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ATI 5850, should i pair it with dual core or quad core

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February 16, 2010 12:52:33 AM

Hi,
Im definately planning on getting the ATI saphirre 5850 for future proofing in my new pc. my question is, i was planning on going dual core cause all i do is gaming and light media. i read that quad core is REALLY overrated and the gains are minimal after the first 2 cores. but now i read that someone said that since the 5850 is so power hungry their is no point in getting the card if ur using a dual core. I want my 5850 to feel pampered, like if it can clap its hand and whatever it needs ill get for it, kind of like if carmen electra needed me to run to the store in the middle of the night for her but the store was in beijing. id do it without blinking right? So, what processor should i go with. i like the AMD Phenom II X2 555 Deneb 3.2GHz Socket AM3 80W Dual-Core Desktop Processor - C3 Revision Model. Should i really shell more out and get the quad core version of this processor. I thought if need be i could just unlock the other 2 core of my dual core. IDK, maybe this person who said that the 5850 is processor dependant didnt really know a lot. also, im using crucial ddr3 4gs of 1333 ram. will this work ok with it?
February 16, 2010 1:00:05 AM

Having a quad certainly wont hurt you. There actually is quite a bit of benefit to having one. Some games benefit from higher clock speeds vs number of cores. However if you are indeed attempting to future proof your pc (which is really a futile task), then I would go with the quad.

Also you can't just "unlock" the 2nd 2 cores of a dual core to make it a quad, thats not how things work. Dual cores only have 2 cores on the die...
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February 16, 2010 1:17:42 AM

A quad core is a good idea. There was a point where more than one core was mostly useless as well, not thinking ahead is a mistake. Whether or not it's strictly necessary depends on the specific game but just in general more and more games as well as applications are and will be designed to be multithreaded and utilize whatever amount of cores your processor has.
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February 16, 2010 1:28:30 AM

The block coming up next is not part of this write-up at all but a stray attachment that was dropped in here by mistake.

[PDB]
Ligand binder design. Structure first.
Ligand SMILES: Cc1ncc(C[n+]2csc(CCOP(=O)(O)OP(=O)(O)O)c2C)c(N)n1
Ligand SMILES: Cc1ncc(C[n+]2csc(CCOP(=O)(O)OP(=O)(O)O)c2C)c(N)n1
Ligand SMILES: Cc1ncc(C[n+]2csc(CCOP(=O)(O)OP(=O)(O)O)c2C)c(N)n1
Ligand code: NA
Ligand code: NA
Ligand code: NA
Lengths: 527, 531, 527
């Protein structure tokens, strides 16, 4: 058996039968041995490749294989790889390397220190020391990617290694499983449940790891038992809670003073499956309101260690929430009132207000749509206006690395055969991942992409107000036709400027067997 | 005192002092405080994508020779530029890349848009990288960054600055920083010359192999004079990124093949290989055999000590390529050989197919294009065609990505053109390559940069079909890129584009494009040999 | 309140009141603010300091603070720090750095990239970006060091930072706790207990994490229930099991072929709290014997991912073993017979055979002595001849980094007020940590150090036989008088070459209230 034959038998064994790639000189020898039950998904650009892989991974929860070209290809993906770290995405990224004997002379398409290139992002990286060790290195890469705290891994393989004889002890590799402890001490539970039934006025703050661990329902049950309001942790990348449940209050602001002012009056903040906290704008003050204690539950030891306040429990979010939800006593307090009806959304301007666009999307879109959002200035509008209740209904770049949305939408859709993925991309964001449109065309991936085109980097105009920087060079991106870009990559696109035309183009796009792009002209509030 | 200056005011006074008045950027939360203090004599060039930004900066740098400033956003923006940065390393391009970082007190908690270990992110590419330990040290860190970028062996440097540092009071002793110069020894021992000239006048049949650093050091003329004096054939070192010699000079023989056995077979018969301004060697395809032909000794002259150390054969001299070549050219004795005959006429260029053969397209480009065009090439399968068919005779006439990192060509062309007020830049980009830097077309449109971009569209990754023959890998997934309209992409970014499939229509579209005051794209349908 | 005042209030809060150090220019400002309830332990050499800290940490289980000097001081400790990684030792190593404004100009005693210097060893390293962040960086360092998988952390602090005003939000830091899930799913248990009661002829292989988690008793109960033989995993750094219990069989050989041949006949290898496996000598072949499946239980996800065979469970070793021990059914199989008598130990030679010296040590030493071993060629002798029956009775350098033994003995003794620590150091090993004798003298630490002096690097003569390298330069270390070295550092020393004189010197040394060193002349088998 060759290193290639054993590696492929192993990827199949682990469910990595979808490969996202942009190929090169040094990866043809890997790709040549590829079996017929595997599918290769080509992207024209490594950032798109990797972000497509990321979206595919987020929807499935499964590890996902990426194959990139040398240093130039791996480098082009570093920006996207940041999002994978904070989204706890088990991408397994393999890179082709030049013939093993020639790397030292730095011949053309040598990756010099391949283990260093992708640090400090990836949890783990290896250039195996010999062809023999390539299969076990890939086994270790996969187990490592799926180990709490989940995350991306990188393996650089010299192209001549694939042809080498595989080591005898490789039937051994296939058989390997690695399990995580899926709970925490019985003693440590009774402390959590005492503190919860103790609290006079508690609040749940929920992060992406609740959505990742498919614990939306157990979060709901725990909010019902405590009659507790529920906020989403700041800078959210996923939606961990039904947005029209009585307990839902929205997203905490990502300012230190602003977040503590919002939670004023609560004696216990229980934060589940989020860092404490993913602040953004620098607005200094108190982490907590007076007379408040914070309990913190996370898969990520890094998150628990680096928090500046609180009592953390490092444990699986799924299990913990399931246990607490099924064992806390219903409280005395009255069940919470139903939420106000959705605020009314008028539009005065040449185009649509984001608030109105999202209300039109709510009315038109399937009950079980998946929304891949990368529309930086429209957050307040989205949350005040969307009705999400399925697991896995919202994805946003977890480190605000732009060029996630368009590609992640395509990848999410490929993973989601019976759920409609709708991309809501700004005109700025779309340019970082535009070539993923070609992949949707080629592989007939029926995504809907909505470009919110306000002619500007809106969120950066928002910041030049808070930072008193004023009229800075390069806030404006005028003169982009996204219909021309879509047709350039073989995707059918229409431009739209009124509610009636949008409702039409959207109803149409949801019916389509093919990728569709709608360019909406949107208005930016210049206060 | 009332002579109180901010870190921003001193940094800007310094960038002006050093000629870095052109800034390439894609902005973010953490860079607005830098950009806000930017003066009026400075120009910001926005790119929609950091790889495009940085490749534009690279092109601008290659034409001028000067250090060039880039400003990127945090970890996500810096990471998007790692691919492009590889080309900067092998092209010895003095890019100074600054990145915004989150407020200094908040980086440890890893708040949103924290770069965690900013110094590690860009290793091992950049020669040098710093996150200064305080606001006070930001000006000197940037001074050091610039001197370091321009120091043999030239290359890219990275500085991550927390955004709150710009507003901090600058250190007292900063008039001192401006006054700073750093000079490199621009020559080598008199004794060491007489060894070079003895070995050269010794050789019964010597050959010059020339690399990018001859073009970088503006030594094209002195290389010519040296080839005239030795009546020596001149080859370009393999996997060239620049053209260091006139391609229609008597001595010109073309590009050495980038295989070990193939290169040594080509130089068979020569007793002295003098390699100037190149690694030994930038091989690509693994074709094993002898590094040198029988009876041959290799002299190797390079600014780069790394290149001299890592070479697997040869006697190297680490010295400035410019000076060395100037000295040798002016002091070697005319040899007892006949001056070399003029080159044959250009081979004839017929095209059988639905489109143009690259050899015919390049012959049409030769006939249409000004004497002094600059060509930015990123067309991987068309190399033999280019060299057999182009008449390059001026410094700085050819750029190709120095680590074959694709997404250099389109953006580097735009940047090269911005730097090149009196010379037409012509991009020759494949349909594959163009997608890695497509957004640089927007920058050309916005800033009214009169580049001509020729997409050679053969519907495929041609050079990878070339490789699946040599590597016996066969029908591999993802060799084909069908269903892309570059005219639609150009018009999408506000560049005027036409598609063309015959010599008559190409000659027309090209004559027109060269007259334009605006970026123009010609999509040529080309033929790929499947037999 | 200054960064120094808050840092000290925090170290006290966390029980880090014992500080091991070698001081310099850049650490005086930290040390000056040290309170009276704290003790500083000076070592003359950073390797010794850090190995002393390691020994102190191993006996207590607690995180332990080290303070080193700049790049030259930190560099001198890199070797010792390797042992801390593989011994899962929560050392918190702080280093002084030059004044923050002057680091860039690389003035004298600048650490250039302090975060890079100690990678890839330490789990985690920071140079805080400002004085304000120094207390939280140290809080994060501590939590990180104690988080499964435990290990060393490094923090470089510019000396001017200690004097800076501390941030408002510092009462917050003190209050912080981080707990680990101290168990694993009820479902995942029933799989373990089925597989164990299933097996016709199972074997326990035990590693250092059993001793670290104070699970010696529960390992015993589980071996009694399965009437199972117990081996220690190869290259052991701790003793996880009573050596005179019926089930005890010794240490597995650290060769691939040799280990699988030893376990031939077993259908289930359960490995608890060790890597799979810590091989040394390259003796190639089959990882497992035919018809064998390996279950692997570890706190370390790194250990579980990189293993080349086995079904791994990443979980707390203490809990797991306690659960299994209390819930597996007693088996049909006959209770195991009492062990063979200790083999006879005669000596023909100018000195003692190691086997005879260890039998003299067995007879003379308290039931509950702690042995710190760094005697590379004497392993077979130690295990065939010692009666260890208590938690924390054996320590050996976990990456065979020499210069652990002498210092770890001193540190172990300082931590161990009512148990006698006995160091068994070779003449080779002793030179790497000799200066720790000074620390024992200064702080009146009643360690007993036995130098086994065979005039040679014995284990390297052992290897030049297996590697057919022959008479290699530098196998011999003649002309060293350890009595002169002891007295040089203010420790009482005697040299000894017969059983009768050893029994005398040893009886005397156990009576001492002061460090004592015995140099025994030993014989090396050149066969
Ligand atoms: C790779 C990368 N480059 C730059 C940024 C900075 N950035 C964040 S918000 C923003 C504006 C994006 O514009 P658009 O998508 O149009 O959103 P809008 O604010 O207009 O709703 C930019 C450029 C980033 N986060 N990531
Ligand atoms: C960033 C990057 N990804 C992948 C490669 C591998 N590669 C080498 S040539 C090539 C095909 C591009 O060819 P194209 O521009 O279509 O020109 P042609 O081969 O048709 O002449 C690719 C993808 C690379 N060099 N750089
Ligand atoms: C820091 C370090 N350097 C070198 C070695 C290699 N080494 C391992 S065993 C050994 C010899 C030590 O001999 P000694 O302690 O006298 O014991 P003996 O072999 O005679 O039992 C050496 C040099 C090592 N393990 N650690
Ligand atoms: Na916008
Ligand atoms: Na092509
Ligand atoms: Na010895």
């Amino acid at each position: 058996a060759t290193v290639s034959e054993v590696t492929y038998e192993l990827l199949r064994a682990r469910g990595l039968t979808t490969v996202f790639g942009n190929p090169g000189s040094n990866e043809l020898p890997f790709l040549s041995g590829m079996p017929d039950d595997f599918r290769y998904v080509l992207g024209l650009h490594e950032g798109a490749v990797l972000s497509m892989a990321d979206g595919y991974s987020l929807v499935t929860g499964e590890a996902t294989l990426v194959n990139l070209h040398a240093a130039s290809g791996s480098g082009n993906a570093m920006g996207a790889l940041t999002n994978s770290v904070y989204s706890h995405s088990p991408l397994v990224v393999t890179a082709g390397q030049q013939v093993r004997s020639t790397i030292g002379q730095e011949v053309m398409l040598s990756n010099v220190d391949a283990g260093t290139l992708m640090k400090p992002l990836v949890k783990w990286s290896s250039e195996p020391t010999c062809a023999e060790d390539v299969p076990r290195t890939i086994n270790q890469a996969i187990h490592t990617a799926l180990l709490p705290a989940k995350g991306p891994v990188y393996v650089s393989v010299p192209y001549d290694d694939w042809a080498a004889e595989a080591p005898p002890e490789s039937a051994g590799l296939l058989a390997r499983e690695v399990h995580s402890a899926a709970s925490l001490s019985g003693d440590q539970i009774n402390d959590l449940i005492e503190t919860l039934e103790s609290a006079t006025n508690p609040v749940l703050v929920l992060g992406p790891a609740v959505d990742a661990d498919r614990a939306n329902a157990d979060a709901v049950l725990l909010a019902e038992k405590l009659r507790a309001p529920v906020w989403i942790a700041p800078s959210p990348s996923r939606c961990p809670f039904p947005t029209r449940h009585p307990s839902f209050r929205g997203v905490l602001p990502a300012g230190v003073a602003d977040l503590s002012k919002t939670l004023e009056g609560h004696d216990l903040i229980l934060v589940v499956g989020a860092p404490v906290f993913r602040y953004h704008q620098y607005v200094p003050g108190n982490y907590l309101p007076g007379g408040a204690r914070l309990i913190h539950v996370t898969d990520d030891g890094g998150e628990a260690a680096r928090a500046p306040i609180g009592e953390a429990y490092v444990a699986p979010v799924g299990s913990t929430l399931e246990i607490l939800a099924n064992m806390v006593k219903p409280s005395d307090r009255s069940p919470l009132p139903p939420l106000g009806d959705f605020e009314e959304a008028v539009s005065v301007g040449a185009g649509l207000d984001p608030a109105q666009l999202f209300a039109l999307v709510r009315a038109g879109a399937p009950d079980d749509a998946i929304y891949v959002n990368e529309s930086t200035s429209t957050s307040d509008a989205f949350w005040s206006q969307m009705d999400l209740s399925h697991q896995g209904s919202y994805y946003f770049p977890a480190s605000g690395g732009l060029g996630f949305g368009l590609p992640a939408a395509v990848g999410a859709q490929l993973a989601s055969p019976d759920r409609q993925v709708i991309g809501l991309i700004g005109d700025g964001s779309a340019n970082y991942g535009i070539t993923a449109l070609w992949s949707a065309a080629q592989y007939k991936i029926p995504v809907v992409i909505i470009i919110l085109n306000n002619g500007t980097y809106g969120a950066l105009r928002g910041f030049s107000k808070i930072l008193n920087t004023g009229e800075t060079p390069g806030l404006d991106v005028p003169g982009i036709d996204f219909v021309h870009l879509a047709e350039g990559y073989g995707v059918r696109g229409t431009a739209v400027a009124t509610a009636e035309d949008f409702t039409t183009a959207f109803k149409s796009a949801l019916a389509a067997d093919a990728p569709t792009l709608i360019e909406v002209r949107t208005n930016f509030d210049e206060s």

wow, great responses. you really opened my eyes. after reading one article i get thrown one way and then reading another i get thrown somewhere else. alas im getting more and more informed. i think ill go quad then, thanks!
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February 16, 2010 1:28:53 AM

Best answer selected by richarda83.
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February 16, 2010 5:11:20 AM

You've been steered in the wrong direction. That Phenom II X2 555BE or 550BE does indeed have 4 cores on the die, it's just that 2 of them have been disabled. If you have an AMD750 southbridge-equipped motherboard, then you can enable those extra cores and have a Phenom II X4 processor. But the crucial thing is that you MUST have a motherboard with ACC-capability, like my Gigabyte GA790X-UDP4. Theoretically, there is no guarantee the extra 2 cores are flawless, but this article here:

http://www.anandtech.com/cpuchipsets/showdoc.aspx?i=373...

gives you more of an idea of your chances of getting 4 good cores (pretty much excellent, if you know where to order the chip from).

Just in case anybody STILL doubts what I'm saying, well, I actually am writing this post on a Phenom II X2 550BE equipped computer with all 4 cores enabled, and all 4 of them are running at 3.6GHz with a pretty lame HSF. They are all flawless, and I bought this chip back in May of last year. By now the yields are so good, there's little chance all 4 of the cores on a newer chip won't be flawless. Go for it, and save your money!
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